The images were all beautiful in and of themselves, but a troublesome lack of satisfaction persisted. I felt like I was in a well stocked gourmet store with an impressive array of raw vegetables and cheeses and fish and breads and meats spread out for consideration and sale. Each delectable ingredient suggested huge opportunities for a kitchen, but by themselves they were simply elemental. They were raw.
My questions came home with me. Many months later, after sleepless nights and long jags of intense work, the world’s first spherical movie emerged, called FOOTPRINTS. After than, many things changed.
We could talk about the many roots of those changes, from the surprising resistance my film provoked, to the long, slow transformation in the community as people grew more comfortable with the idea to the gradual shift that began to seep into the small community as outsiders regarded the new style of expression with acclaim. Substantial evidence that an evolution in thinking had begun to invest itself emerged when, like all deep and lasting changes, others in the community began to experiment with these new modalities themselves.
Moments of transformation are always halls of mirrors. This is interesting to me because as a non-scientist I realize I’ll always be speaking a different language than the scientists and the educators who first developed the device. But I’m also aware that we’ve found ways to translate ourselves to each other, and in the process we’ve both learned a great deal from each other, too. I suspect there will always be a measure of nuance lost in translation, but we continue to get closer and closer in our dialects. The once-foreign language I initially presented has become more acceptable to the crowd, even if it’s still sometimes a challenging concept. Storytelling has rules just like science does. Gradually it’s less and less threatening. Gradually it has even become desirable, and for me, I can only offer profound appreciation for my continuing education about data visualization.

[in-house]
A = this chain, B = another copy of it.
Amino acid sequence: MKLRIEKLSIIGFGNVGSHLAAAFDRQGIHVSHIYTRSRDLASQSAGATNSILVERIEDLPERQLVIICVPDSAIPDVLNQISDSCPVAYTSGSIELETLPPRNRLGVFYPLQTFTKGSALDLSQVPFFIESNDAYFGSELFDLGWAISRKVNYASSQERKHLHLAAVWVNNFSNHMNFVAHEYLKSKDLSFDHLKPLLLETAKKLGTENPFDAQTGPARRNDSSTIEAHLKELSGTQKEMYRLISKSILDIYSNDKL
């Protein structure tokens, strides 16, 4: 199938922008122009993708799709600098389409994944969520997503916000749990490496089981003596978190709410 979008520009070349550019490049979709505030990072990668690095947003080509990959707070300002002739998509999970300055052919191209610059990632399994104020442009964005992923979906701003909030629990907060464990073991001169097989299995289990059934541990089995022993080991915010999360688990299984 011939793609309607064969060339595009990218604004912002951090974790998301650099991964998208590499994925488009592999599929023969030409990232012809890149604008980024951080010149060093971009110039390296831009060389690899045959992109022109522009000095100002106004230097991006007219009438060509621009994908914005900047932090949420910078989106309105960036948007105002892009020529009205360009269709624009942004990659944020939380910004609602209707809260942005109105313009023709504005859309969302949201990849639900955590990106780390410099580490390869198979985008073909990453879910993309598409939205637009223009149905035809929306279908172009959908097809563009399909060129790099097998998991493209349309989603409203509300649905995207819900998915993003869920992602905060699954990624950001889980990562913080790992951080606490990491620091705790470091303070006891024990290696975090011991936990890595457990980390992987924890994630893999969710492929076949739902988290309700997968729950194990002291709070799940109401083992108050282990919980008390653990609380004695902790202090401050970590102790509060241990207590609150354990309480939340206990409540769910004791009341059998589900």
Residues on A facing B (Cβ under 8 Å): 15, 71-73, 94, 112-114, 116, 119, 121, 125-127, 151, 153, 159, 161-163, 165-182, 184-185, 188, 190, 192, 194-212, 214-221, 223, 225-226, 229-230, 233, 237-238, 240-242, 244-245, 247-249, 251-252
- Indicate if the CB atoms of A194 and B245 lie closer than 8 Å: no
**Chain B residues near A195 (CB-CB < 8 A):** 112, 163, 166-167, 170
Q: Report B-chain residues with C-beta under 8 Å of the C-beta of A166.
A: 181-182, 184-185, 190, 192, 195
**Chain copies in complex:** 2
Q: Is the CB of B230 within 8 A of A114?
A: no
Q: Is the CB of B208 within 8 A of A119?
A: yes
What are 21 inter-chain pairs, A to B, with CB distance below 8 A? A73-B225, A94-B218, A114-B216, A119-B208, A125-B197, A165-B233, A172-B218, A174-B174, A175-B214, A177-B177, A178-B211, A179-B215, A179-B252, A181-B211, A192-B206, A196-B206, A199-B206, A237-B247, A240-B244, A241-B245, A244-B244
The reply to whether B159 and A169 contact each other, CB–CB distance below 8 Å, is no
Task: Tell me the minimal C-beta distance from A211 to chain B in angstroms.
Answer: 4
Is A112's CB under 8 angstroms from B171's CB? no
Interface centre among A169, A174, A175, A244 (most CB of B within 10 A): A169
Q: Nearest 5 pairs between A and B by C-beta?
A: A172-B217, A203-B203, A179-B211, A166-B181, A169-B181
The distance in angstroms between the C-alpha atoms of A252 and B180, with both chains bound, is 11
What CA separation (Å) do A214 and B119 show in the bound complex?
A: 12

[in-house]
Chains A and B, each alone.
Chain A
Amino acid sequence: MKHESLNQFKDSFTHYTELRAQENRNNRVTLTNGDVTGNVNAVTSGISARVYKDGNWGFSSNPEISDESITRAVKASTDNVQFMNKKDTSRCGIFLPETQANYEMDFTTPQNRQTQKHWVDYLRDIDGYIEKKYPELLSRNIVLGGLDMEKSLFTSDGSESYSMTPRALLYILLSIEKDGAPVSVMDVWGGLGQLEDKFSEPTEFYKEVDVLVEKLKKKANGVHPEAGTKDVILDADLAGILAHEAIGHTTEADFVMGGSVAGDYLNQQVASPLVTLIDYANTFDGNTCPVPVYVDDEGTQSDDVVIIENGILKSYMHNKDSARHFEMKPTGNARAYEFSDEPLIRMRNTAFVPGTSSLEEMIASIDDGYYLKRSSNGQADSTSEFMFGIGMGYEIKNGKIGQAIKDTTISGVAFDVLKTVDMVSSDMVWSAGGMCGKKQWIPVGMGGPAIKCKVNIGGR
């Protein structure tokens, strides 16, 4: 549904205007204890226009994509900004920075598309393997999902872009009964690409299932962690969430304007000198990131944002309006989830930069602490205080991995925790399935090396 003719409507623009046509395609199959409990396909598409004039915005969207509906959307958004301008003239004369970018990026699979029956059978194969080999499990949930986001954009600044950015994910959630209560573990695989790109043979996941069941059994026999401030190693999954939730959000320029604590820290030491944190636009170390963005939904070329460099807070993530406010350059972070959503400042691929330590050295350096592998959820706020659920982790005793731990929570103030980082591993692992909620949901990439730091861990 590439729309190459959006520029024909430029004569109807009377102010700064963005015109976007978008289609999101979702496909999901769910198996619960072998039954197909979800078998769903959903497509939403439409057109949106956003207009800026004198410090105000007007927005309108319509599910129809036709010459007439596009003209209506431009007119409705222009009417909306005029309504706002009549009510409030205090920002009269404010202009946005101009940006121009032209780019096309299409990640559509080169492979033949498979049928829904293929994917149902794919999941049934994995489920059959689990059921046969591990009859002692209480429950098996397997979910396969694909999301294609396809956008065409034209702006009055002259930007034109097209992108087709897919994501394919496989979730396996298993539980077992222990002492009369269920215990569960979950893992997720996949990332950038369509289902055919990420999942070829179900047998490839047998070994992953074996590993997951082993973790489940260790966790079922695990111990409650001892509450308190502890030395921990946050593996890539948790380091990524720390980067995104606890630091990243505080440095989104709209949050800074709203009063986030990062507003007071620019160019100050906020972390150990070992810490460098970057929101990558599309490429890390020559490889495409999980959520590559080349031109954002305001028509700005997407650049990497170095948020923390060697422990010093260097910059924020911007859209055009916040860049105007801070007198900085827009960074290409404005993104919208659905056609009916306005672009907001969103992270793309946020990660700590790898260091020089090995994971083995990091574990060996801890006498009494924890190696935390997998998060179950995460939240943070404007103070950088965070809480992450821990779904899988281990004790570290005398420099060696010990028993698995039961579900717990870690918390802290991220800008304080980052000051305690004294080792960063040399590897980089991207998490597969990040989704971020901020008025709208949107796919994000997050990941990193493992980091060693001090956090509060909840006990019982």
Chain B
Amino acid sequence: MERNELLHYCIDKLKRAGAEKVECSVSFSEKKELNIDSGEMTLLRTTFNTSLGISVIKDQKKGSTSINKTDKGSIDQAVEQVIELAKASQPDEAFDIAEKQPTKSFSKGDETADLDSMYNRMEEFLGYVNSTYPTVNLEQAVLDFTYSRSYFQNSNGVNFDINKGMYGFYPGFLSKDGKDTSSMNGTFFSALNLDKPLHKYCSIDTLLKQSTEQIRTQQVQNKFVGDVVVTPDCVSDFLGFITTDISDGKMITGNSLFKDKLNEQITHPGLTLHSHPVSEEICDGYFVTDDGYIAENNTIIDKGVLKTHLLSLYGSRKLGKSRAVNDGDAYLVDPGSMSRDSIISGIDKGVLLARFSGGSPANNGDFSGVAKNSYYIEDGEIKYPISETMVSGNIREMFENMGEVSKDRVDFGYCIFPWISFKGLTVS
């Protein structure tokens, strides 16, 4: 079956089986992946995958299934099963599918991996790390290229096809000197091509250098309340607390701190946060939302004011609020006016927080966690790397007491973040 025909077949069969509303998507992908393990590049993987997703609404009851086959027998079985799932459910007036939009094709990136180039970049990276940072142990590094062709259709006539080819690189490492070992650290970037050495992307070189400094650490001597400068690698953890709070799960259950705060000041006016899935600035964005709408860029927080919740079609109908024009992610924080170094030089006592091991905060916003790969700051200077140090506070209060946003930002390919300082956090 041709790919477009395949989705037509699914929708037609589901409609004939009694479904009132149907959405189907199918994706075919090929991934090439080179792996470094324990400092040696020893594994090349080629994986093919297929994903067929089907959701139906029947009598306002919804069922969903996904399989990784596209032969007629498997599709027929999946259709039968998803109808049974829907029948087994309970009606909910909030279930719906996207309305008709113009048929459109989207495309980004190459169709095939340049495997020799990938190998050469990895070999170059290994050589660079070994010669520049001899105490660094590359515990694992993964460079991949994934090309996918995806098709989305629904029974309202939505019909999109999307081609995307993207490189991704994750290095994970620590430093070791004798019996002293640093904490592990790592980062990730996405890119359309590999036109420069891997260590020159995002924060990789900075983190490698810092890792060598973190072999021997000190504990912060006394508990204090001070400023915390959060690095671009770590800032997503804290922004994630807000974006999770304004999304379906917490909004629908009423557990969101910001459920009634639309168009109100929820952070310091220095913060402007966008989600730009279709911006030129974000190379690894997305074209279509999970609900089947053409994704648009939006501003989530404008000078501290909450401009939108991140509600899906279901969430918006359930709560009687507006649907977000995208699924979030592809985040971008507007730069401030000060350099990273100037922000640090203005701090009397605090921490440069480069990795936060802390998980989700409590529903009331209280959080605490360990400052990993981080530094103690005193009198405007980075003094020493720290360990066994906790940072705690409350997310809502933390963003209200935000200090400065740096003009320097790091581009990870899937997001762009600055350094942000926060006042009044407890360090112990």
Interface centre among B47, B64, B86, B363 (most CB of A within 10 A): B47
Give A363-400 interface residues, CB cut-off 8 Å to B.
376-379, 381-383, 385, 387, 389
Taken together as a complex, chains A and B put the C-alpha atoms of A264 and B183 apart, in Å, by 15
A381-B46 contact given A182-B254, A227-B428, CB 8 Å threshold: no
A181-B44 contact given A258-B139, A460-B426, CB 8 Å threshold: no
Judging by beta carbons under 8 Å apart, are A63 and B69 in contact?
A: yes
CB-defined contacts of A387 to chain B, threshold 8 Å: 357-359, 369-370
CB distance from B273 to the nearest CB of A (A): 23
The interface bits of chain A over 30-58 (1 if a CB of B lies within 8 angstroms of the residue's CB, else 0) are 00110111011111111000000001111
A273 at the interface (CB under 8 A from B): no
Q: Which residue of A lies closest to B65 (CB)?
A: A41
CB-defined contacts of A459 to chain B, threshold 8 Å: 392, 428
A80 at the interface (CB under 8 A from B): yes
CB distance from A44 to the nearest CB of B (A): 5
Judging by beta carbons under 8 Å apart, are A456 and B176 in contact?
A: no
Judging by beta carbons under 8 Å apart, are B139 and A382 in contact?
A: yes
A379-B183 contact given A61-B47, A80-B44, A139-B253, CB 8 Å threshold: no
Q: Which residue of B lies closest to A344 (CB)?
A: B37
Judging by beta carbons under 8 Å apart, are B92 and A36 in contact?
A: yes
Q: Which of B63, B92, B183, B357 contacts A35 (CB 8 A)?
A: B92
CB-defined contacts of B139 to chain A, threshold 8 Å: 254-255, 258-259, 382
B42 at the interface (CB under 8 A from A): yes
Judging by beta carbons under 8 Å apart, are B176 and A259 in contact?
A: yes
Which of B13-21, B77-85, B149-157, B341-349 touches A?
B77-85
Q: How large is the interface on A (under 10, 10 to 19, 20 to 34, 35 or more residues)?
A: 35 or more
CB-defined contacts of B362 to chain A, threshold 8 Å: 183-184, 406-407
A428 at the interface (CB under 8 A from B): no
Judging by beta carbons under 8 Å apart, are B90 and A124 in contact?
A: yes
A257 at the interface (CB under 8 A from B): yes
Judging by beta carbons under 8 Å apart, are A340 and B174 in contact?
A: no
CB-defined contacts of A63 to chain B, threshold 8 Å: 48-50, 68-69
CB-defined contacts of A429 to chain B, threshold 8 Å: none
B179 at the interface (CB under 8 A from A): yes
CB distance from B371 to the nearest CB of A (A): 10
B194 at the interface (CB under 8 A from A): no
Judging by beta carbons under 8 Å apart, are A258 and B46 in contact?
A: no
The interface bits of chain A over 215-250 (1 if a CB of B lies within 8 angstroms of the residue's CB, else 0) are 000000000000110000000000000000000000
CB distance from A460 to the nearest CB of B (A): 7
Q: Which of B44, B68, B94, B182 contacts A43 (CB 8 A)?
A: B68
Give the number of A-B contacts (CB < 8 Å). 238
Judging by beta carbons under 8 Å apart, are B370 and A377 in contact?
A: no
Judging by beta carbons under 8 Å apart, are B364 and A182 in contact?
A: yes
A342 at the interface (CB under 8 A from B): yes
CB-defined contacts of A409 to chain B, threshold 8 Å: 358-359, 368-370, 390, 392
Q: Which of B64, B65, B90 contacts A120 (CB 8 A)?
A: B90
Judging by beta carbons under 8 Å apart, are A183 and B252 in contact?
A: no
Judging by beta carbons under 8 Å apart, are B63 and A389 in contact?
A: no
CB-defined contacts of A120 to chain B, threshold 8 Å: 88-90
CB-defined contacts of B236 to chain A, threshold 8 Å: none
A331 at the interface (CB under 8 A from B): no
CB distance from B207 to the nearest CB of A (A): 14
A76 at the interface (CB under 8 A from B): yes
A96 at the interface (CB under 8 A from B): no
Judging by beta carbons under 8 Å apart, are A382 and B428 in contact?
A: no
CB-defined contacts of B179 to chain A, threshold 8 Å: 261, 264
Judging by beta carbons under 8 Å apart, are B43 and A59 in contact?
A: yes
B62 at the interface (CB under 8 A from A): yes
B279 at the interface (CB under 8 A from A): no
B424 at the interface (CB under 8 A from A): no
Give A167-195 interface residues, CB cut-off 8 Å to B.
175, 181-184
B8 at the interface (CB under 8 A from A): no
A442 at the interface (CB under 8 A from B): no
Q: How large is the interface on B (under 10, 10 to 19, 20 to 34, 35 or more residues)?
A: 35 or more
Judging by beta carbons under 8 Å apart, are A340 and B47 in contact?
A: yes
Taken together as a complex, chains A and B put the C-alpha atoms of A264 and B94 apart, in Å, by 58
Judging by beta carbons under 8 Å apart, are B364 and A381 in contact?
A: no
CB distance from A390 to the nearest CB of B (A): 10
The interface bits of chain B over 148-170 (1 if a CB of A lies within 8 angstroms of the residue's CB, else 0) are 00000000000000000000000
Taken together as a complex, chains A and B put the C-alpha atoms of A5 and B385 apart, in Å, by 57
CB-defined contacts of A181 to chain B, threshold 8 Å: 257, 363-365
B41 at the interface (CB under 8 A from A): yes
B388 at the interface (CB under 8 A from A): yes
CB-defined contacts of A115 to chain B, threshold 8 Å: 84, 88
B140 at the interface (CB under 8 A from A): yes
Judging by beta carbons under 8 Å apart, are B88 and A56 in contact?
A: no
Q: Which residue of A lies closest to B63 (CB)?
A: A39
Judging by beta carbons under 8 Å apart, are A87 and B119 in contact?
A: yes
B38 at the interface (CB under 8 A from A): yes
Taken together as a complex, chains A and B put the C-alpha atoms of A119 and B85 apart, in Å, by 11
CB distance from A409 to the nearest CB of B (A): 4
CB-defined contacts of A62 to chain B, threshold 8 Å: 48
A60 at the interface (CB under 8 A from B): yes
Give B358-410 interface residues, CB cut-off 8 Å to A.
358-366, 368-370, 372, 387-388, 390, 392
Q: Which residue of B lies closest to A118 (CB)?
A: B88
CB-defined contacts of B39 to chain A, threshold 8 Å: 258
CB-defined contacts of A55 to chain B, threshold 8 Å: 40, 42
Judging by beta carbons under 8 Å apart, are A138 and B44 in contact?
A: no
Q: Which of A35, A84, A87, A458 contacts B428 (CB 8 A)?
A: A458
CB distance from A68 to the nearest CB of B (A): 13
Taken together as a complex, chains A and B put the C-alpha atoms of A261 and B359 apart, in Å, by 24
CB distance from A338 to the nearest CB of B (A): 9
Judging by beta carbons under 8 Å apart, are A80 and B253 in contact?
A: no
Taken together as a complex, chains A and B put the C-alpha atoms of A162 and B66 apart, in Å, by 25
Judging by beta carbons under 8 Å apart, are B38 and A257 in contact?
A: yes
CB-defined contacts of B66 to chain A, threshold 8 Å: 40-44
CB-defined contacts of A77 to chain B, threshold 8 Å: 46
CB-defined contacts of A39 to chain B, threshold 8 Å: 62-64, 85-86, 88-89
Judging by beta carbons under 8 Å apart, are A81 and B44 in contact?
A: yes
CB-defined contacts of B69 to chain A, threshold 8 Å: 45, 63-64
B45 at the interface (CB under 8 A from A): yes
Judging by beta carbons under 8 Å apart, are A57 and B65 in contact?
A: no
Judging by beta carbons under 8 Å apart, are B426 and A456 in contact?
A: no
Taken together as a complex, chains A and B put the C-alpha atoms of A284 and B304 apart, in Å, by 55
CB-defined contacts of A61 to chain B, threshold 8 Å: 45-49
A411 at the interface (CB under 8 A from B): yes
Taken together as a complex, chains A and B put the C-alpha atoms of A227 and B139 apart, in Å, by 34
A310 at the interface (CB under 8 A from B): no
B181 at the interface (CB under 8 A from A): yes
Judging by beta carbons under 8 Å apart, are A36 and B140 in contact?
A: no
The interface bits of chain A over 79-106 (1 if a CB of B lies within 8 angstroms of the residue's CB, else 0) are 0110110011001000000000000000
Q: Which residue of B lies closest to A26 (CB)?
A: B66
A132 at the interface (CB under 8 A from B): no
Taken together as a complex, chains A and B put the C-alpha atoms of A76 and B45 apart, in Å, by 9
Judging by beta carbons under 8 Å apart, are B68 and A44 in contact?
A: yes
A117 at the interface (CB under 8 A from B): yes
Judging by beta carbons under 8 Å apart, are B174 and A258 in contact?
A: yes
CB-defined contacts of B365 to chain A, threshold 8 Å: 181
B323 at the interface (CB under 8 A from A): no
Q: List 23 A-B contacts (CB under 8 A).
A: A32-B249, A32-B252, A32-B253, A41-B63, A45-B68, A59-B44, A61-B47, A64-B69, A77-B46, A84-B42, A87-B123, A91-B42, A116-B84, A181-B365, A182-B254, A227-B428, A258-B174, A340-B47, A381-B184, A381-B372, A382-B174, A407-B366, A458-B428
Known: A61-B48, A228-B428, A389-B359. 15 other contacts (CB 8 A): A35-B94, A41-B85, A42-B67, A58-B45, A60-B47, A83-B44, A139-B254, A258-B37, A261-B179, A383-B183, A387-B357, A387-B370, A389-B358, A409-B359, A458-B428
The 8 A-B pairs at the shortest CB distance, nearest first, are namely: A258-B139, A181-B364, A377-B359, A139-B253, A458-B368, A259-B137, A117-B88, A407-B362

Change comes from a willingness to try something that doesn’t match what’s come before. When an iceberg calves from a glacier we see sudden transformation as tons of ice crash into the sea. But what we don’t necessarily see is the inexorable, relentless push of the glacier down to the sea, the long-term, root cause of the calving front. The thunderous change we observe is the sudden visibility of what’s really a deeper, longer, richer process.
Change comes to all things, from art, to science, to business practices, to civic discourse. It’s inevitable; it will happen no matter what. The trick is being able to harness that change, to hang on for the ride and perhaps offer a moment of influence to its trajectory. To demand that things always remain the same is to dismiss the great promise of our own collective futures. But to insist that all change automatically equals improvement is to deny the prodigious forces that led up to this moment. We can never forget the past just as we can never automatically adopt the future. The potential for greatness teeters in the tense balance between the two.